Wednesday, May 3, 2017

PhD Vouchers

This is Joseph.

Frances Woolley asks about why we don;t have vouchers for PhD programs.  As a part of this discussion she points out the issues of misalignment of incentives for K-12 school vouchers:
It's odd: school vouchers are frequently advocated for primary and secondary school students. Yet there are good reasons why they would not be expected to work well, especially for primary school, as the ones exercising the vouchers (the parents) are not the ones experiencing the education (the children). Also there are very large costs associated with switching schools, and especially going to a school outside your immediate neighbourhood, if you are six years old and not able to drive, or 12 years old and in a tight friend network. Hence the possibility for effective competition between schools is limited at the K to 12 level. 
I think a lot of the same issues would apply to PhD vouchers as would apply to school vouchers, especially in terms of the issues of coordination. So I am not a fan of the PhD vouchers idea, doubly so when there are provincial funding differences for the schools themselves.  I can see too many ways that we could end up with all viable students being at the University of Toronto, for example, with a clever use of network effects.

But the real issues are the barriers to change.  These are high -- just differences in the material that is being taught can be brutal to overcome when changing mid-semester.  Market forces will always be inhibited by the challenges in overcoming these barriers, especially since the service is being marketed to a proxy for the consumer.

But my biggest question is why the economist can rattle off real issues that don't even appear in the current conversation.  Everything is about quality, but this all presumes that the new system (at scale) will be better than the old system.  Which might be true, but pure market forces will suffer an uphill battle given transaction costs.  After all, how do you prevent "we will just under-serve a little bit, but not enough to make the costs of changing schools worthwhile" becoming a "race to the bottom" for most schools (with a few high priced and elite exceptions).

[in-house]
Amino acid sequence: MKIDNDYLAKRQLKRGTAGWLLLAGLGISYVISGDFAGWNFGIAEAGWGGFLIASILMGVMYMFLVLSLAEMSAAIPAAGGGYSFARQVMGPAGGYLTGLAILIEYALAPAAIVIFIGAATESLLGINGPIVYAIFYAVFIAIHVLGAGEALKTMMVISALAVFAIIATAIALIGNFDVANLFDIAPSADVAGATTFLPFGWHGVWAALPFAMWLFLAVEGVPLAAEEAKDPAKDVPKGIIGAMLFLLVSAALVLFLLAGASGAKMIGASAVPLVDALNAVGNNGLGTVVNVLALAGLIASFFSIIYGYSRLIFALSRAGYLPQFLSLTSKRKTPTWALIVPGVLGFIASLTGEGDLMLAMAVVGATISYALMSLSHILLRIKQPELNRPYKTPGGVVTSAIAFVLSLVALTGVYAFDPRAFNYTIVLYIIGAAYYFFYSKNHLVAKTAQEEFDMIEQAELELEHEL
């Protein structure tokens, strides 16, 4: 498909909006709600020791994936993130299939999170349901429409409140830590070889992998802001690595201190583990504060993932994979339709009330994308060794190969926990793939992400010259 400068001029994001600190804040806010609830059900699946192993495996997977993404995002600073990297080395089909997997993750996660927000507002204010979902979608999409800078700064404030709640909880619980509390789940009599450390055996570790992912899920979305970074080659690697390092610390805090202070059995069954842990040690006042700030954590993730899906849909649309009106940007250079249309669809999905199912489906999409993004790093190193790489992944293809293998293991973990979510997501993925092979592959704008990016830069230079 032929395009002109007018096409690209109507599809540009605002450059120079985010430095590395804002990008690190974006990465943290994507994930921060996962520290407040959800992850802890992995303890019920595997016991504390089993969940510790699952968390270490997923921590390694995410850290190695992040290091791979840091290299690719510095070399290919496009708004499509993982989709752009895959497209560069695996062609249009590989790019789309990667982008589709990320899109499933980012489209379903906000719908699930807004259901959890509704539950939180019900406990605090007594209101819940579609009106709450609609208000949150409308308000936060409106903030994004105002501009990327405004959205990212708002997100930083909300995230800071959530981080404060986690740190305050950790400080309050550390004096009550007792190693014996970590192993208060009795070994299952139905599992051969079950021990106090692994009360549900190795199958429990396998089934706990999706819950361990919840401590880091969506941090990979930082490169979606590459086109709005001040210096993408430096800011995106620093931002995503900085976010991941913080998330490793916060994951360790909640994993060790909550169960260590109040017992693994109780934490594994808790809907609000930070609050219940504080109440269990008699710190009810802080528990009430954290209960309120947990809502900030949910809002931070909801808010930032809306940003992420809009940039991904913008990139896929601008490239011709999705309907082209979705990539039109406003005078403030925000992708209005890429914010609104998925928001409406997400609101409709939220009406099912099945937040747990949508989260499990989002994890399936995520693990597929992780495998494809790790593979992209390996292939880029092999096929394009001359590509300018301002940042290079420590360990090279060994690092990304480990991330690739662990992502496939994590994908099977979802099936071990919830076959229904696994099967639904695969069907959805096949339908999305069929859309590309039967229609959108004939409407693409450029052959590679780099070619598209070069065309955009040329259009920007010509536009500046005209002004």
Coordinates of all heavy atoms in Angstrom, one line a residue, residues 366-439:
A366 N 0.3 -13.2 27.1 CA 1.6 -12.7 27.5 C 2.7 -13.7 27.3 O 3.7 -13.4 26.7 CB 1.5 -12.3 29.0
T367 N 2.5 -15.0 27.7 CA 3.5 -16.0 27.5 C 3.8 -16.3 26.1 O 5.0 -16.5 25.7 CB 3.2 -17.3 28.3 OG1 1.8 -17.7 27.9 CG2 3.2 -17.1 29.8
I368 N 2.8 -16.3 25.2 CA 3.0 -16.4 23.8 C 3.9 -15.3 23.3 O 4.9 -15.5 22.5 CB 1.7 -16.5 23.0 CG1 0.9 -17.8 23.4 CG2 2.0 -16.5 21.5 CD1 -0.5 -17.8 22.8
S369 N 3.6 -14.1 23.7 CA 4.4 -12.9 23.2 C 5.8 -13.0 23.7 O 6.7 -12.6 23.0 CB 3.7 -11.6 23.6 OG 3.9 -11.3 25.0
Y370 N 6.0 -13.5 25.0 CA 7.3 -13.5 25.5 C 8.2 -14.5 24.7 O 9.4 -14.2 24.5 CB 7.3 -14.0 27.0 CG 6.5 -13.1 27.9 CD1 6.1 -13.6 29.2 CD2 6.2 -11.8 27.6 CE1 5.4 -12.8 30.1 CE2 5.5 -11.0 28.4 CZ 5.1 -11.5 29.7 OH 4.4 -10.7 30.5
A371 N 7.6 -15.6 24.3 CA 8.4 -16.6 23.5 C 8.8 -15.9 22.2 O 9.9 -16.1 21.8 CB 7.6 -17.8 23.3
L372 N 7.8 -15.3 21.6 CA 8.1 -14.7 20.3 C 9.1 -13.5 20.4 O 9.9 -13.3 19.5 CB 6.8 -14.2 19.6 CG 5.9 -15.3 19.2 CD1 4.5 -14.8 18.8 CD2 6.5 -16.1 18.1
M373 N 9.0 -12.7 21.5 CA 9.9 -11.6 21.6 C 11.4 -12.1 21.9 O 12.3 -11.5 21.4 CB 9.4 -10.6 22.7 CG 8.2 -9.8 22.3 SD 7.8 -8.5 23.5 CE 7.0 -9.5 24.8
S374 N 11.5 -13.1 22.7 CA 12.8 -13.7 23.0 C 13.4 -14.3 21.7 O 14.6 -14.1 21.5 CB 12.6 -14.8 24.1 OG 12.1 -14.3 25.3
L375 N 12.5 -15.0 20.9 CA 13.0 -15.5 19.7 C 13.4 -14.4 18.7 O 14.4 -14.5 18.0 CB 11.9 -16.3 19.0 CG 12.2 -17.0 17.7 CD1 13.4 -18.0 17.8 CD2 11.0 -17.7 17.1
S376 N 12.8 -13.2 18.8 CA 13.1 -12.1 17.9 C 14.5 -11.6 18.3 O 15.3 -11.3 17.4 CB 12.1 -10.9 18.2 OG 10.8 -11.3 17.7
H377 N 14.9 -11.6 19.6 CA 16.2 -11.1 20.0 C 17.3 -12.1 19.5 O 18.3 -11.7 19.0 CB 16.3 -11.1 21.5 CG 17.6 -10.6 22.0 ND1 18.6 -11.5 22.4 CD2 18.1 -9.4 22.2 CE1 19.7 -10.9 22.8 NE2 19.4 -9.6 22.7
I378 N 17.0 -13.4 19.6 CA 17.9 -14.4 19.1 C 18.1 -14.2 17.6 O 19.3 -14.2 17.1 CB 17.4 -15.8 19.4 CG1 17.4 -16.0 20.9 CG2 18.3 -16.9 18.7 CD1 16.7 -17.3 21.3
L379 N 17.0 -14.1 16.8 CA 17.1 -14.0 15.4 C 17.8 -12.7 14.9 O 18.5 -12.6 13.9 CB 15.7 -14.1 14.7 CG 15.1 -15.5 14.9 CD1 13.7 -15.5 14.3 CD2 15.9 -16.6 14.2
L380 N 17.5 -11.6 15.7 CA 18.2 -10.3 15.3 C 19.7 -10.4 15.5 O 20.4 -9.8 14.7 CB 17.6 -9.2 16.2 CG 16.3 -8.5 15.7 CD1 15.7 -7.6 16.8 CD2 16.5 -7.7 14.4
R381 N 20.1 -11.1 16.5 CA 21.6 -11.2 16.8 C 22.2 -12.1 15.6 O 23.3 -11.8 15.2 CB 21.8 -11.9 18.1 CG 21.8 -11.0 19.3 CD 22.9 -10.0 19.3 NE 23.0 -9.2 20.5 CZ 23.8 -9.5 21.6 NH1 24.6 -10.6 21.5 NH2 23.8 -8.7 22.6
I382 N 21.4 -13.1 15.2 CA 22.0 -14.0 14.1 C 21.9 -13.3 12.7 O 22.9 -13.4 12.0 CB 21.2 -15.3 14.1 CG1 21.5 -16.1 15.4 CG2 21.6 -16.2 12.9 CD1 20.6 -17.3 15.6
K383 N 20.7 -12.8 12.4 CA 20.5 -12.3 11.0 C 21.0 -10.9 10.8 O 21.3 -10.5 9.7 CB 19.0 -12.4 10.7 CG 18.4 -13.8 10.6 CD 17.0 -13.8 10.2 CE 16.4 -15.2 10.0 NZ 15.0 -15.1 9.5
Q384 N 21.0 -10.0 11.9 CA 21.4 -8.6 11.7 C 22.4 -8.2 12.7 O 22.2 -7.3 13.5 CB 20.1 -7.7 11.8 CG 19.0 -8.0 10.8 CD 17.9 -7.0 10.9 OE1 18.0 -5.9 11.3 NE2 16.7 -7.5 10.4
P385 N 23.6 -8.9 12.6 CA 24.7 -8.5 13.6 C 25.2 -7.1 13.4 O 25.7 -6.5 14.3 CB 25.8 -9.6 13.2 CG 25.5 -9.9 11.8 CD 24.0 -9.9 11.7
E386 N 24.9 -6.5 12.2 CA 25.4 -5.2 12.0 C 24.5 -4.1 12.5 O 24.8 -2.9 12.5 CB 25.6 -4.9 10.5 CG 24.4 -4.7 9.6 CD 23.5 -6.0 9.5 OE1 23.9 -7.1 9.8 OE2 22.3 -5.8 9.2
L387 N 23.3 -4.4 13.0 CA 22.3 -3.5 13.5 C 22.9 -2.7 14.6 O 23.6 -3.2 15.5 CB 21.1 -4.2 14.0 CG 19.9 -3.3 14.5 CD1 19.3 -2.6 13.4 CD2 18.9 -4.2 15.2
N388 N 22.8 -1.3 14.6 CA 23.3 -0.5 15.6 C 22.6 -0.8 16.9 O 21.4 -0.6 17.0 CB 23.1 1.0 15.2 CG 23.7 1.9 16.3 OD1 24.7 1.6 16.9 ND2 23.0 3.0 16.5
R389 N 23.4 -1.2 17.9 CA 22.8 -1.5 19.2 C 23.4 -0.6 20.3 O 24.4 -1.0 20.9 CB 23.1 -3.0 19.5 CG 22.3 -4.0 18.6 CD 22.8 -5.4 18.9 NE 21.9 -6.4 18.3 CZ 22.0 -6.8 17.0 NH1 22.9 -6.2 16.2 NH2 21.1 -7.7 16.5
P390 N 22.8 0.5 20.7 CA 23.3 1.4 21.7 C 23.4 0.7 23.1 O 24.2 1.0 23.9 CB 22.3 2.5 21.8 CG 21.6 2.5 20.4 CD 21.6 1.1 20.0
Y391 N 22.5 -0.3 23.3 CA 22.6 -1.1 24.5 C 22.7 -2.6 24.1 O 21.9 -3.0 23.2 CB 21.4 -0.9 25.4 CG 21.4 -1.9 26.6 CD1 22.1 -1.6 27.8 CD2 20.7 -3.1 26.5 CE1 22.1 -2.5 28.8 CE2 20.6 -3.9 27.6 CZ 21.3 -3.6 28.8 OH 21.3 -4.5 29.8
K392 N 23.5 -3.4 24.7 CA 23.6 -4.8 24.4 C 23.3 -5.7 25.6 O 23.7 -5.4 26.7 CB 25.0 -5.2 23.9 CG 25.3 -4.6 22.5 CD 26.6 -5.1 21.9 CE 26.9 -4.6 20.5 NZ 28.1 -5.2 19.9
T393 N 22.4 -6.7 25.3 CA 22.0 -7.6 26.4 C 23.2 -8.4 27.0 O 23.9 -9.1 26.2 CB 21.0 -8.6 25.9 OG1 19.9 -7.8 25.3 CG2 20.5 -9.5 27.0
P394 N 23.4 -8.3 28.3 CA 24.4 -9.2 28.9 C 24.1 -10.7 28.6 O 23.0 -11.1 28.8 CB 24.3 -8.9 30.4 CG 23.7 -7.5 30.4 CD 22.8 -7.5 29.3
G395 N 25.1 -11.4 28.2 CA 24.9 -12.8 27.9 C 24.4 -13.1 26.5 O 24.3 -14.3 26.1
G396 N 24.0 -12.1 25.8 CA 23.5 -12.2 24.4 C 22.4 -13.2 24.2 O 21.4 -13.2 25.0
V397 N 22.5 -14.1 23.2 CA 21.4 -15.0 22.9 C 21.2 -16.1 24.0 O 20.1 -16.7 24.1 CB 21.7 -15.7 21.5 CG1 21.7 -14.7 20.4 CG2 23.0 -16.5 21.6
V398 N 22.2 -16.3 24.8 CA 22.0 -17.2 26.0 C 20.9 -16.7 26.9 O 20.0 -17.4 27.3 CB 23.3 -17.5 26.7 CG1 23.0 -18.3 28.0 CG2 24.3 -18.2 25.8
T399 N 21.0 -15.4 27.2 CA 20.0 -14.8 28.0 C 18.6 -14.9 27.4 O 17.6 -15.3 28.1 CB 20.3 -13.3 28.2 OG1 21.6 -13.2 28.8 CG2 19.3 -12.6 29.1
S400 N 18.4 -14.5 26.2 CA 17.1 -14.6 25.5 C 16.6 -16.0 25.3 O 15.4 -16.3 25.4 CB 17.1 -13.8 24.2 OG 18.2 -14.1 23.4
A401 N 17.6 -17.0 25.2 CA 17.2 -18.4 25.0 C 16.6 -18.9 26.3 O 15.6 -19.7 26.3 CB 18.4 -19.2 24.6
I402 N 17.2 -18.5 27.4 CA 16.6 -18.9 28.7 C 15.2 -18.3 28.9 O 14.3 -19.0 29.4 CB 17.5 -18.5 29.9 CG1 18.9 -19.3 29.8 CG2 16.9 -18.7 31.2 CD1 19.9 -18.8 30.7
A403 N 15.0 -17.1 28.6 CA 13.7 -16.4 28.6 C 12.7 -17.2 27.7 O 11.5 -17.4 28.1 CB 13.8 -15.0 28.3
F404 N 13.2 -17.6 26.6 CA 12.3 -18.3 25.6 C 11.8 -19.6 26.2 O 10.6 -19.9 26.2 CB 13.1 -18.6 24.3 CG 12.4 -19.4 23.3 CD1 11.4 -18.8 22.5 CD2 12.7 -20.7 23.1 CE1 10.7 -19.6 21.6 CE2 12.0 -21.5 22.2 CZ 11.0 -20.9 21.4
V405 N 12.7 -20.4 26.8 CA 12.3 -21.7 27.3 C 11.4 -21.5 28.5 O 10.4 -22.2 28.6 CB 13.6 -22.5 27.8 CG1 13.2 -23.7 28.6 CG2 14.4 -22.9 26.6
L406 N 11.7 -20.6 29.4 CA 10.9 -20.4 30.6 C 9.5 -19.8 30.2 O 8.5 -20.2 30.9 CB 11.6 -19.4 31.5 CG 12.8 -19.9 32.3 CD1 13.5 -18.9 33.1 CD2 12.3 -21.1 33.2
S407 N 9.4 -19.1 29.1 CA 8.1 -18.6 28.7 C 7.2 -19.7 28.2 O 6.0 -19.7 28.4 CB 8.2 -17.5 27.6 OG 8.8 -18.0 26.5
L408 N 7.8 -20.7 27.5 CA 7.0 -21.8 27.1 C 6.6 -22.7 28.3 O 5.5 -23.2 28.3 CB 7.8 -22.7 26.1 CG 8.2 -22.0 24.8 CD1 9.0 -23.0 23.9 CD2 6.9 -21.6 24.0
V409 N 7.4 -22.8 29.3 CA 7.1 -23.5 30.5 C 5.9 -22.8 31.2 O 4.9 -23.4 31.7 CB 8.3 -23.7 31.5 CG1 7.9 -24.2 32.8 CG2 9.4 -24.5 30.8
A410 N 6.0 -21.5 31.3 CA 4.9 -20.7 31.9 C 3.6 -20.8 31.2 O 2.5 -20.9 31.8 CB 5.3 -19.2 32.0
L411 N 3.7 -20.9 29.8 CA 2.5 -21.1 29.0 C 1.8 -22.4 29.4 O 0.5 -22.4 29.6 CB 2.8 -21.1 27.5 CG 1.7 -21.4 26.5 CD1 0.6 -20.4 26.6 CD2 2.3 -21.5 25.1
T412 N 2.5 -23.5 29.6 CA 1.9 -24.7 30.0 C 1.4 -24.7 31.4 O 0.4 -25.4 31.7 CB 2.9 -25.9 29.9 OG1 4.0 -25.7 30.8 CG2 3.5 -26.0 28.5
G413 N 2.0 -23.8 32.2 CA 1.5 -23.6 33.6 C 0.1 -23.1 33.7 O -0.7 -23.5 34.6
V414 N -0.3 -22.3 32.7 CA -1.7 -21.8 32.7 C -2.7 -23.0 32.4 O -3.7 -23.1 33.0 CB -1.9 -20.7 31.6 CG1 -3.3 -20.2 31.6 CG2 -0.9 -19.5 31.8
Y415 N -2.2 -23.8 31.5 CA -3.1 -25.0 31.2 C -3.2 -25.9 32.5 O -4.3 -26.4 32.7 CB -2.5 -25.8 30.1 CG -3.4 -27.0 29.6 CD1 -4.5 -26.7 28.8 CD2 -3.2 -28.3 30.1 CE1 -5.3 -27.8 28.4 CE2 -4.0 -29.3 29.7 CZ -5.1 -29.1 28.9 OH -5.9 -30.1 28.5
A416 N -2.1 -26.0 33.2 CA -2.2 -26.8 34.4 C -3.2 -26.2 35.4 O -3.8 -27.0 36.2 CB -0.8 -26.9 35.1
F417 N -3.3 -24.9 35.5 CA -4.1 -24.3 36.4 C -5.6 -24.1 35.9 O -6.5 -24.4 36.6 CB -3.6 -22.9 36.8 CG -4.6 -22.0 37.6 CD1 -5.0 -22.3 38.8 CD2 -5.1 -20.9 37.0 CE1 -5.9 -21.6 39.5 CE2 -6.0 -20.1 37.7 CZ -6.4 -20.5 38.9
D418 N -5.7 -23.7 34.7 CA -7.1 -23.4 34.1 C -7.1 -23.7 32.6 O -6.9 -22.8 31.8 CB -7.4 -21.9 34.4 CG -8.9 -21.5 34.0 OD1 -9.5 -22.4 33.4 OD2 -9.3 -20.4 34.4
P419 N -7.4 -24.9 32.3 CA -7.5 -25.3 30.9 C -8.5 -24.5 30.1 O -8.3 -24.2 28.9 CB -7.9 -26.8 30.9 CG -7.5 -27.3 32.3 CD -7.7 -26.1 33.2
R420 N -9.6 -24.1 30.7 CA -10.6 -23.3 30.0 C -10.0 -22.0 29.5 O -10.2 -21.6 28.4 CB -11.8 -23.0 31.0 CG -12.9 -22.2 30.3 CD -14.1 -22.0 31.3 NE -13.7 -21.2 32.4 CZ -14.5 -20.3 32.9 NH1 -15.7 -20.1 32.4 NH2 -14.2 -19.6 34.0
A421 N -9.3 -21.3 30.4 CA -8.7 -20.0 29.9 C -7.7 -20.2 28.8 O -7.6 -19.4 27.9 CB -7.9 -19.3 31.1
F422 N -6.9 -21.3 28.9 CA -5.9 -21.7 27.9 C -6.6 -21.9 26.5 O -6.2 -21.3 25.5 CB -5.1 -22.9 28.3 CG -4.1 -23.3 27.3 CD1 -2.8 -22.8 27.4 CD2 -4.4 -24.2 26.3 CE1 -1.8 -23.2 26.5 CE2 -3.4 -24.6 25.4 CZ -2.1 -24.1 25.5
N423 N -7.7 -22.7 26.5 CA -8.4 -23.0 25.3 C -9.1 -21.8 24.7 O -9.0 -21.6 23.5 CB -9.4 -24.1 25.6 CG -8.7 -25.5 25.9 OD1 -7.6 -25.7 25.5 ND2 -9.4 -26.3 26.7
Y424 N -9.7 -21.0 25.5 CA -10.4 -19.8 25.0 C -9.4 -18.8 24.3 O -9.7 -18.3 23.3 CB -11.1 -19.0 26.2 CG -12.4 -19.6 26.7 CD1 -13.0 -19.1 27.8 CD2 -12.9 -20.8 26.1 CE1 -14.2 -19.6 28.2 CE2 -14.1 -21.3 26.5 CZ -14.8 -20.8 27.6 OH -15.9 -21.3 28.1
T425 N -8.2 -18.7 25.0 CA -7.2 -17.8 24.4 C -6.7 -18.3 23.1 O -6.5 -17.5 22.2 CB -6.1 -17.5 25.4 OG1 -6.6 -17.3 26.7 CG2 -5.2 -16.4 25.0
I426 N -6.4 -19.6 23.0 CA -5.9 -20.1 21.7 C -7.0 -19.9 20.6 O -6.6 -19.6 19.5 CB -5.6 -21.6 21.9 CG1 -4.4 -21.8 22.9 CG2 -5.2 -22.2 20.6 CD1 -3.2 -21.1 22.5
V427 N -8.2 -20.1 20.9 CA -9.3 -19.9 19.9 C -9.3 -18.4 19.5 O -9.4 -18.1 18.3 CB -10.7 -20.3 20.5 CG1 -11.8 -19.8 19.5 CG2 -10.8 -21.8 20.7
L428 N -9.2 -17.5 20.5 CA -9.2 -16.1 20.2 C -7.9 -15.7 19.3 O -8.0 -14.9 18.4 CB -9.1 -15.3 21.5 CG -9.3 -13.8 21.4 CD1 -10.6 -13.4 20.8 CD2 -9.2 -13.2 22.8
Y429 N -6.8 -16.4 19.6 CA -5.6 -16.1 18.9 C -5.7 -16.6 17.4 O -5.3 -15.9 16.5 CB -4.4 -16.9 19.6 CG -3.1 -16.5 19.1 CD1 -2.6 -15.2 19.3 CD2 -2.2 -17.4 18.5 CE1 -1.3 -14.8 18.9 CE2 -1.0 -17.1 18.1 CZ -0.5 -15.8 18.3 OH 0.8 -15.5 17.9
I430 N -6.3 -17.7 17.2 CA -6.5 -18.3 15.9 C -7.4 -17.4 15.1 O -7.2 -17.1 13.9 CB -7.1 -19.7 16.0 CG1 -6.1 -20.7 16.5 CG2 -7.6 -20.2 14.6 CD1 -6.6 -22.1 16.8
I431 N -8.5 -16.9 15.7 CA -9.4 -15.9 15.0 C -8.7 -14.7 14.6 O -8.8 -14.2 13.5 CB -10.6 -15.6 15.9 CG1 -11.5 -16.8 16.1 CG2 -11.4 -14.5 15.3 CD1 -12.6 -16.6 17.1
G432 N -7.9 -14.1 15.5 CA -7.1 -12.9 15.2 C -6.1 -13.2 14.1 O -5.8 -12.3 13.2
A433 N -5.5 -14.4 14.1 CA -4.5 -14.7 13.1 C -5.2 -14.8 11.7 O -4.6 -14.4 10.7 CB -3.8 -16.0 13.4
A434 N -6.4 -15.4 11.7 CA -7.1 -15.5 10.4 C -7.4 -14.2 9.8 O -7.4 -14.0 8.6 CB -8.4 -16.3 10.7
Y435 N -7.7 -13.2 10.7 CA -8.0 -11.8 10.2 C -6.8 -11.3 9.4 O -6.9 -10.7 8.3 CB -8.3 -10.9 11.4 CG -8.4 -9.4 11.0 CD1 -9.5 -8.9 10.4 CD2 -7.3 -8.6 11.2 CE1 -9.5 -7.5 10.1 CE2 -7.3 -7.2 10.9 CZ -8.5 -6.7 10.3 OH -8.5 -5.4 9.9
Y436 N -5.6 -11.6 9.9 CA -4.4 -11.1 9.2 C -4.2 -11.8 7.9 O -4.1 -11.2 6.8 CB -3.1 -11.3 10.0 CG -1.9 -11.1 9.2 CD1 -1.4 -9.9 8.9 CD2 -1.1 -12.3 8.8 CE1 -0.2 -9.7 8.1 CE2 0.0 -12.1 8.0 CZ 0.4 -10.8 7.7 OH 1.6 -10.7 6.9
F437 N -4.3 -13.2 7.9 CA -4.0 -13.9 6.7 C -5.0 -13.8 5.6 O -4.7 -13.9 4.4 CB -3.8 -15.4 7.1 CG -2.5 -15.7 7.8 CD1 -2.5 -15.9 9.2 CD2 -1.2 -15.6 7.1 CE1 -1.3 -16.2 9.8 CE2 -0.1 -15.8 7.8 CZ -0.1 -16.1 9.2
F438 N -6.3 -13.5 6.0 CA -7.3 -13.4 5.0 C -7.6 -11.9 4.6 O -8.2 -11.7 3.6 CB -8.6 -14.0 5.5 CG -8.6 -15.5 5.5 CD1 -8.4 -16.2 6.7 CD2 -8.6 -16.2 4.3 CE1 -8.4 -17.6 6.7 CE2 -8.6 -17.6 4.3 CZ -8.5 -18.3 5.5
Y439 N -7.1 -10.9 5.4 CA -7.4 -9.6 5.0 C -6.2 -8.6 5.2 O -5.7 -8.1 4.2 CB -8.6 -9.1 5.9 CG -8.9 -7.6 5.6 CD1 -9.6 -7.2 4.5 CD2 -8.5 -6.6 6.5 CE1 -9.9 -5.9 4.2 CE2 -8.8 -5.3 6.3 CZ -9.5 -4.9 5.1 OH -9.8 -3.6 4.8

1. Joseph: here is where I am coming from. I see people wasting the best years of their lives in PhD programs that they have perhaps 50/50 chances of finishing. Even if they do finish, they may not have any better job prospects than they did to begin with. Now not all disciplines are like that - I think completion rates are higher in the sciences where students work in teams in labs - but in the disciplines where students are expected to write their dissertations alone, the failure rate is to my mind unacceptable (as far as I can ascertain what the failure rate is from the limited data available).

    I believe that our educational programs should, at the very minimum, not harm our students. I'm not convinced every PhD program passes the "do not harm" test.

    PhD vouchers may be a crazy idea. But if it's an idea that starts a conversation about how to engage in responsible doctoral education, it's an idea worth talking about.

    1. I agree with your motivation. It is a very nice exercise for K-12 as well-- I like how you were able to show that worse issues apply to that idea and we still consider it.

      Failure to complete PhDs is a big issue. It is not like England where duration of study is capped at three years. And the potential for labor exploitation is huge.

      So, yes, I agree that it is a conversation worth starting and it made me think (thus the blog post). It is true that it may be better than the status quo, which says a lot about that.

      Thank you for the article, I don't comment as much on them these days but they are always thought provoking and thoughtful